Salmonella pathogenesis and processing of secreted effectors by caspase-3.
ABSTRACT The enteric pathogen Salmonella enterica serovar Typhimurium causes food poisoning resulting in gastroenteritis. The S. Typhimurium effector Salmonella invasion protein A (SipA) promotes gastroenteritis by functional motifs that trigger either mechanisms of inflammation or bacterial entry. During infection of intestinal epithelial cells, SipA was found to be responsible for the early activation of caspase-3, an enzyme that is required for SipA cleavage at a specific recognition motif that divided the protein into its two functional domains and activated SipA in a manner necessary for pathogenicity. Other caspase-3 cleavage sites identified in S. Typhimurium appeared to be restricted to secreted effector proteins, which indicates that this may be a general strategy used by this pathogen for processing of its secreted effectors.
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ABSTRACT: The human intestinal epithelium consists of a single layer of epithelial cells that forms a barrier against food antigens and the resident microbiota within the lumen. This delicately balanced organ functions in a highly sophisticated manner to uphold the fidelity of the intestinal epithelium and to eliminate pathogenic microorganisms. On the luminal side, this barrier is fortified by a thick mucus layer, and on the serosal side exists the lamina propria containing a resident population of immune cells. Pathogens that are able to breach this barrier disrupt the healthy epithelial lining by interfering with the regulatory mechanisms that govern the normal balance of intestinal architecture and function. This disruption results in a coordinated innate immune response deployed to eliminate the intruder that includes the release of antimicrobial peptides, activation of pattern-recognition receptors, and recruitment of a variety of immune cells. In the case of Salmonella enterica serovar typhimurium (S. typhimurium) infection, induction of an inflammatory response has been linked to its virulence mechanism, the type III secretion system (T3SS). The T3SS secretes protein effectors that exploit the host's cell biology to facilitate bacterial entry and intracellular survival, and to modulate the host immune response. As the role of the intestinal epithelium in initiating an immune response has been increasingly realized, this review will highlight recent research that details progress made in understanding mechanisms underlying the mucosal inflammatory response to Salmonella infection, and how such inflammatory responses impact pathogenic fitness of this organism.Frontiers in Immunology 07/2014; 5:311. DOI:10.3389/fimmu.2014.00311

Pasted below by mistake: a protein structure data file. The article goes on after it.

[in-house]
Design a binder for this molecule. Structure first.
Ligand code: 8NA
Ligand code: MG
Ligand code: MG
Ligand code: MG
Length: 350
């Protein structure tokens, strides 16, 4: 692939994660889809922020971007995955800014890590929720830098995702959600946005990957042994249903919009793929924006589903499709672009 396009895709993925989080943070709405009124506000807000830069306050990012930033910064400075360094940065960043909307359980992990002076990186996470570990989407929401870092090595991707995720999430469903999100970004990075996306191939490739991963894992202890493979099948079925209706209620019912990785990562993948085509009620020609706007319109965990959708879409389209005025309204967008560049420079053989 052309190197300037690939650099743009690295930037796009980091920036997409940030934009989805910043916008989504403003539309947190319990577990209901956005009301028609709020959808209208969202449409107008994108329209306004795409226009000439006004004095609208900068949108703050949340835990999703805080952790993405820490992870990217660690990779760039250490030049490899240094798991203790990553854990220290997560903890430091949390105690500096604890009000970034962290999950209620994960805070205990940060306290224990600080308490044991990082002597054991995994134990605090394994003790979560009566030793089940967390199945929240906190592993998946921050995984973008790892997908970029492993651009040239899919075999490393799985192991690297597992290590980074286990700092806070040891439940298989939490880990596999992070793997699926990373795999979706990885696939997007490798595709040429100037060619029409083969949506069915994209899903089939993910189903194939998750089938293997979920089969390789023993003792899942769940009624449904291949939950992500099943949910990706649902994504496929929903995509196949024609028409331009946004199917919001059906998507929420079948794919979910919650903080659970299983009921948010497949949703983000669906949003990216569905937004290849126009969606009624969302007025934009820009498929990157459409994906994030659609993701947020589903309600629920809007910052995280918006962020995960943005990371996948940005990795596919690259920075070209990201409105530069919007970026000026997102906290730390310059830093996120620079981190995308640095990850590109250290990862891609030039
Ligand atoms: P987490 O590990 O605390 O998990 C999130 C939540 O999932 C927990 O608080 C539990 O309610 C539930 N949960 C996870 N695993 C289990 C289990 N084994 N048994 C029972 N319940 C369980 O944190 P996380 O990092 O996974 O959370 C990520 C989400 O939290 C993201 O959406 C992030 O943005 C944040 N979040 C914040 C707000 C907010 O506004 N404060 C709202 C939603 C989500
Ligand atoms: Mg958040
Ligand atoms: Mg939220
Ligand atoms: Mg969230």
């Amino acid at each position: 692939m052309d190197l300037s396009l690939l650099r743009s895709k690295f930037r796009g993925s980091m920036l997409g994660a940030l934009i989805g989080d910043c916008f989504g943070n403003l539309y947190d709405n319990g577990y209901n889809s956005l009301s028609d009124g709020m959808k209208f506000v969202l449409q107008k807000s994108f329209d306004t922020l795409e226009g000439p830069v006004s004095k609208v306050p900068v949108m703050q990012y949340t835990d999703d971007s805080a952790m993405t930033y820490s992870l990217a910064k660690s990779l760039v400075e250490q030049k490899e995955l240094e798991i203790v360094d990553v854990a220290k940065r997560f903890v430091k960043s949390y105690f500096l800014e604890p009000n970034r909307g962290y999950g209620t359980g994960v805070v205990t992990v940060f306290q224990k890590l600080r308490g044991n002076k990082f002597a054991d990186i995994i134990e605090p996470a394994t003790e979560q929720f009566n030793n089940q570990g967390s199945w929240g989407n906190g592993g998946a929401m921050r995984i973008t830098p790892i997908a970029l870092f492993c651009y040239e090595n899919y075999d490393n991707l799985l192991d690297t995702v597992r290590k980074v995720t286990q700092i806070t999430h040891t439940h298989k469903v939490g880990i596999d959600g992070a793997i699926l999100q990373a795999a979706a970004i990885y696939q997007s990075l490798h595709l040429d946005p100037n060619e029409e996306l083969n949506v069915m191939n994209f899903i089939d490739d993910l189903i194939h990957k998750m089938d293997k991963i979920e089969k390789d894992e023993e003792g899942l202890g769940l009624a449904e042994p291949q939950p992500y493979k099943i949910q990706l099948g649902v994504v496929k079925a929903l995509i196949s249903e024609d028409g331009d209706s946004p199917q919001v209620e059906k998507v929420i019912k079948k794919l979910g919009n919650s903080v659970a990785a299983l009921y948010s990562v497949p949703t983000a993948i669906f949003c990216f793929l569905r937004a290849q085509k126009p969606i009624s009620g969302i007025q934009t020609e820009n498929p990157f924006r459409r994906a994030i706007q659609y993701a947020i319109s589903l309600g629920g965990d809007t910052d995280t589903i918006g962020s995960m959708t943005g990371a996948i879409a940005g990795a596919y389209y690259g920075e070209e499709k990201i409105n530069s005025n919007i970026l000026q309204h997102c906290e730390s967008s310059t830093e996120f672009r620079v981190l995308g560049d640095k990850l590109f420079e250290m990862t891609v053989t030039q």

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ABSTRACT: Apoptosis is a critical process that intrinsically links organism survival to its ability to induce controlled death. Thus, functional apoptosis allows organisms to remove perceived threats to their survival by targeting those cells that it determines pose a direct risk. Central to this process are apoptotic caspases, enzymes that form a signaling cascade, converting danger signals via initiator caspases into activation of the executioner caspase, caspase-3. This enzyme begins disassembly of the cell by activating DNA degrading enzymes and degrading the cellular architecture. Interaction of pathogenic bacteria with caspases, and in particular caspase-3, can therefore impact both host cell and bacterial survival. With roles outside cell death such as cell differentiation, control of signaling pathways and immunomodulation also being described for caspase-3, bacterial interactions with caspase-3 may be of far more significance in infection than previously recognized. In this review, we highlight the ways in which bacterial pathogens have evolved to subvert caspase-3 both through effector proteins that directly interact with the enzyme or by modulating pathways that influence its activation and activity.Cellular Microbiology 09/2014; DOI:10.1111/cmi.12368 · 4.82 Impact Factor
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ABSTRACT: Curcumin improves the learning and memory deficits in rats induced by the gp120 V3 loop. The present study cultured rat hippocampal neurons with 1 nM gp120 V3 loop and 1 μM curcumin for 24 hours. The results showed that curcumin inhibited the gp120 V3 loop-induced mitochondrial membrane potential decrease, reduced the mRNA expression of the pro-apoptotic gene caspase-3, and attenuated hippocampal neuronal injury.Neural Regeneration Research 01/2012; 7(3):171-175. DOI:10.3969/j.issn.1673-5374.2012.03.002 · 0.23 Impact Factor